All this comes at a time of intense political polarization and widespread mistrust of the media. In a poll last November, the public relations and marketing firm Edelman, found that while 66 percent of Democrats said they trusted the news media, only 33 percent of Republicans did. Coronavirus may be changing that somewhat. Research firm SmithGeiger said in April that local and network news boasted approval ratings of 75 percent and 61 percent, respectively, much higher than any government body (Congress, at 32 percent, was last). And Pew Research said in March that while 62 percent of Americans believed the media was "exaggerating the risks" of coronavirus, 70 percent still gave high marks for coverage.
Christina Bellantoni, the director of the Media Center at the USC Annenberg School for Communication and Journalism, believes this is the start of something. "As people tune into news more, they'll build up that trust and loyalty to news personalities, and we'll have that Cronkite-feeling again," Bellantoni says. Al Tompkins, a senior faculty member at the Poynter Institute for Media Studies, a nonprofit journalism school and research organization, says crises have tended to help TV news win viewer trust, even if that can be short-lived. "If audiences determine they didn't trust what they saw in the COVID-19 coverage, it will be a short peak indeed," he says. "But with emergencies, TV news usually comes out the other side as having done laudable work. Even President Trump's critique of 'fake' and 'unfair' news hasn't resonated very well. Look at coronavirus protesters. Their signs don't say 'fake news,' they say 'open up the country,' which is very interesting."
Muir says part of the equation is making sure his broadcast tells stories that resonate with folks of varying opinions, so he's determined to cover those who protest lengthy closures of businesses right along with others who warn of the consequences of reopening too quickly. "It's not one side against the other. You just arm them with facts, and that breaks down the anxiety," he says. "In a polarized nation, those who report the shared concerns will be rewarded. Audiences will come back. There are lots of people who aren't protesting even though they'd like to go back to work and see their children in school again, but they also worry about safety. The truth probably lies somewhere in the middle."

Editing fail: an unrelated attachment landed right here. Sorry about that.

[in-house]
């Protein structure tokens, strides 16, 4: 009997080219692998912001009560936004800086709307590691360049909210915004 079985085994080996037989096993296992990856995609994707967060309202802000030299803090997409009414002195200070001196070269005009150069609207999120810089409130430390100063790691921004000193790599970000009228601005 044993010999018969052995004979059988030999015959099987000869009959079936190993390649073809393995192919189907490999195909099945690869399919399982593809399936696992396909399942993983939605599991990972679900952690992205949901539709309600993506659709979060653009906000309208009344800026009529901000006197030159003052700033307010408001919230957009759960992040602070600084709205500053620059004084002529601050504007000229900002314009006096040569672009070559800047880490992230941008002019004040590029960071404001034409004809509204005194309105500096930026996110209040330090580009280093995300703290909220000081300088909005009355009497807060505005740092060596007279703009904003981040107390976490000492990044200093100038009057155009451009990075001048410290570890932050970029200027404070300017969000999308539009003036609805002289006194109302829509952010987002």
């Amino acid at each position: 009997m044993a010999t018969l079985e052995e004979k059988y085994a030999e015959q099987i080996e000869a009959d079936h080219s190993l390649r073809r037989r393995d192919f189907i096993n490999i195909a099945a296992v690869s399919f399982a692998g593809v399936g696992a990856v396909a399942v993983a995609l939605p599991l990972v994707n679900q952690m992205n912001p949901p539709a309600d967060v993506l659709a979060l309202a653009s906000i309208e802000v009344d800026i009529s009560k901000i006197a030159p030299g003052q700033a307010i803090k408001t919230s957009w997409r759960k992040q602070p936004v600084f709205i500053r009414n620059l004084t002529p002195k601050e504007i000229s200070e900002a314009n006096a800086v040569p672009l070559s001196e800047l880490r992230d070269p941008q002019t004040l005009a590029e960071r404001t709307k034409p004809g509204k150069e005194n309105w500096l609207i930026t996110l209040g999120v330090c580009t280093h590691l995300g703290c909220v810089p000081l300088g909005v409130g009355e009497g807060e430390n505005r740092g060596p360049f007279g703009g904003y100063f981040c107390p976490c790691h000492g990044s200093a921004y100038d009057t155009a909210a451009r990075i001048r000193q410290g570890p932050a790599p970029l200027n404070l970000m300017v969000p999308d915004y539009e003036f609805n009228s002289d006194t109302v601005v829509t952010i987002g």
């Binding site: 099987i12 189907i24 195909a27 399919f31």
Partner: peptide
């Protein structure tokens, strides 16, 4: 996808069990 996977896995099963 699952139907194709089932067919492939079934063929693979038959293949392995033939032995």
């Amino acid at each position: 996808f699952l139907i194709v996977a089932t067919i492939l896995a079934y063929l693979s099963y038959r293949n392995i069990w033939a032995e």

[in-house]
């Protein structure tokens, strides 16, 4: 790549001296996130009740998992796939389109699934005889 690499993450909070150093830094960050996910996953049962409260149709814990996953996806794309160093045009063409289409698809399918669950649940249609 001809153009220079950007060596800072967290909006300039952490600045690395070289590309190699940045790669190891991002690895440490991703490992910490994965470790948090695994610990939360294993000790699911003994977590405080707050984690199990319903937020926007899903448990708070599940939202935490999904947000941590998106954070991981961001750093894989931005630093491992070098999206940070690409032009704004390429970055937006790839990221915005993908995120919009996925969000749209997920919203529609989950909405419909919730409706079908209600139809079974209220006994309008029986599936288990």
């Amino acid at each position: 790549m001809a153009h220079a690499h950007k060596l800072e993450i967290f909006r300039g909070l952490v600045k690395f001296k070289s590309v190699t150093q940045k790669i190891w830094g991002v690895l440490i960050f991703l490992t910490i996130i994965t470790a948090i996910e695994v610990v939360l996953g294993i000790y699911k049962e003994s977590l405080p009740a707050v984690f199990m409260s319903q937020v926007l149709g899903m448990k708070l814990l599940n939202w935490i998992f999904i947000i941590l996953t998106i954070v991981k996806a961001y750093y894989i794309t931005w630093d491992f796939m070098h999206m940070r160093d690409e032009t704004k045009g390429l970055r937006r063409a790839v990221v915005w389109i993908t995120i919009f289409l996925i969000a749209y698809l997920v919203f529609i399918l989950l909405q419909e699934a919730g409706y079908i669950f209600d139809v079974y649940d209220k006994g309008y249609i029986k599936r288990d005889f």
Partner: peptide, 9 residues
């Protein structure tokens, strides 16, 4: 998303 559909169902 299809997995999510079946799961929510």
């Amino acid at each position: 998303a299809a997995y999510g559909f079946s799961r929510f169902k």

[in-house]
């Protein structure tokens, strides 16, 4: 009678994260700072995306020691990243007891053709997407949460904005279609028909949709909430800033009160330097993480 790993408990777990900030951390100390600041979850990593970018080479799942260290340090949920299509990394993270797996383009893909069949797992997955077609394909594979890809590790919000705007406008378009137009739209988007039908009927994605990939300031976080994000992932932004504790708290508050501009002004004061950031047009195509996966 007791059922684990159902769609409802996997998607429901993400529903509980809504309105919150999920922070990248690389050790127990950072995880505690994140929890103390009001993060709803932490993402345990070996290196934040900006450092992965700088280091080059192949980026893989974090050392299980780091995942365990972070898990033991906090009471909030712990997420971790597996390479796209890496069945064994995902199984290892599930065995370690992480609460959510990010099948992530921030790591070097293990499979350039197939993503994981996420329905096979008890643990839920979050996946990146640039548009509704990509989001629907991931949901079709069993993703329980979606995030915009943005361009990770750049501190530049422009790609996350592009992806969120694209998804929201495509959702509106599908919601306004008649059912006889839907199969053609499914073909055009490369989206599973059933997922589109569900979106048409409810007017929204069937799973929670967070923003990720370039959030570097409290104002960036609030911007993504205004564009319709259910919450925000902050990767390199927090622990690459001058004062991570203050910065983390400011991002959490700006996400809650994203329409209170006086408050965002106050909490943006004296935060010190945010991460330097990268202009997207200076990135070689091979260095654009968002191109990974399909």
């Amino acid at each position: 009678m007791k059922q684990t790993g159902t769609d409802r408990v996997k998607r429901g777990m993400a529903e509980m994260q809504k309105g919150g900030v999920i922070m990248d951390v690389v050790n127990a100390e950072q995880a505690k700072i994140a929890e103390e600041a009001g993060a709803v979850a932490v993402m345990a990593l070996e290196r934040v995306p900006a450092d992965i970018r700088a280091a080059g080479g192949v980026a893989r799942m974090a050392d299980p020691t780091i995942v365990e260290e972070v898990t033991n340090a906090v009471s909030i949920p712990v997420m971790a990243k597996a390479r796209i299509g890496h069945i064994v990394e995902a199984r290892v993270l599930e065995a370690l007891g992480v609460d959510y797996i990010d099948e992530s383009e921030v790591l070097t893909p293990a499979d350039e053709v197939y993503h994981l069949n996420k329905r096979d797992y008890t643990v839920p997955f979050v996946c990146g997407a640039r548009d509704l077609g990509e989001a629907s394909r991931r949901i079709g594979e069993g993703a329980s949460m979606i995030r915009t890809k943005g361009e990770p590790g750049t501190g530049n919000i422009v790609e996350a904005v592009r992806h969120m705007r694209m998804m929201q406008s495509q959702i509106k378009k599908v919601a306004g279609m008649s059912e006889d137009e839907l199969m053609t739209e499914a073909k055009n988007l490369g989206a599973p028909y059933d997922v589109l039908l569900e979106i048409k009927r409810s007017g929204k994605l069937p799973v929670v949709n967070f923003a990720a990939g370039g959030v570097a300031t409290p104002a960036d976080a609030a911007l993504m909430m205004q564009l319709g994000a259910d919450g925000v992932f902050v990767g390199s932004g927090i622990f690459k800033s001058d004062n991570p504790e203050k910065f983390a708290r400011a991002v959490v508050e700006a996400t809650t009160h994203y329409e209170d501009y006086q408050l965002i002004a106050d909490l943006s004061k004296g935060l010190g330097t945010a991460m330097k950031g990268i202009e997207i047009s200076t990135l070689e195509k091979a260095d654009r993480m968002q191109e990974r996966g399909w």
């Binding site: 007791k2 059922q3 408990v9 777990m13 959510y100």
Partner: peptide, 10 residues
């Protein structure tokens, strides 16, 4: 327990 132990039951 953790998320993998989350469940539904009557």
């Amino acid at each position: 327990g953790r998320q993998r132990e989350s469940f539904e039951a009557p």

Andrew Heyward, a former president of CBS News who now is working on journalism projects for the MIT Media Lab and the Walter Cronkite School of Journalism and Mass Communication at Arizona State University says that while there may never again "be another 'Uncle Walter, the most trusted man in America' building trust over titillation is what's bringing news to the fore at the moment." Heyward says it is "striking" how local news, in particular, "is staying away from mindless incrementalism. They used to stress recency over relevancy. Not anymore."
What may help broadcast news, as well its cable cousin, keep recent viewers will be the upcoming presidential election and the lasting impact of coronavirus on the nation's pocketbooks. "The economy will take a long time to rebound and people will look for broadcasts that can help them find or keep a job; and the concept of defeating Donald Trump will be must-see TV," says USC's Bellantoni. CBS' Shaylor agrees: "This story will affect our safety, financial well-being, education and our grandparents for a long time. Our viewers will stay with us." The Poynter Institute's Tompkins, though, doubts an era of families gathering to watch the news will make an enduring comeback. He points out that the demographic which is most loyal to TV news and most susceptible to COVID-19 is an elderly one. Still he says, "For many people, this is a reintroduction to a habit of watching TV news each night that they have gotten away from. And there is a chasm to fill as newspapers cut back and some in rural areas shut down."
CBS' Heyward predicts numbers for cable news will revert back to normal levels over time, but broadcasters will experience a lasting uptick. "Cable news is a utility that is highly polarizing, which is a good business model," he says. "Broadcast will keep some of its gains as it plays the role of trusted curator of information. Younger audiences are suddenly watching. To keep them, stations must figure out which of their attributes translate best to mobile. It's an opportunity."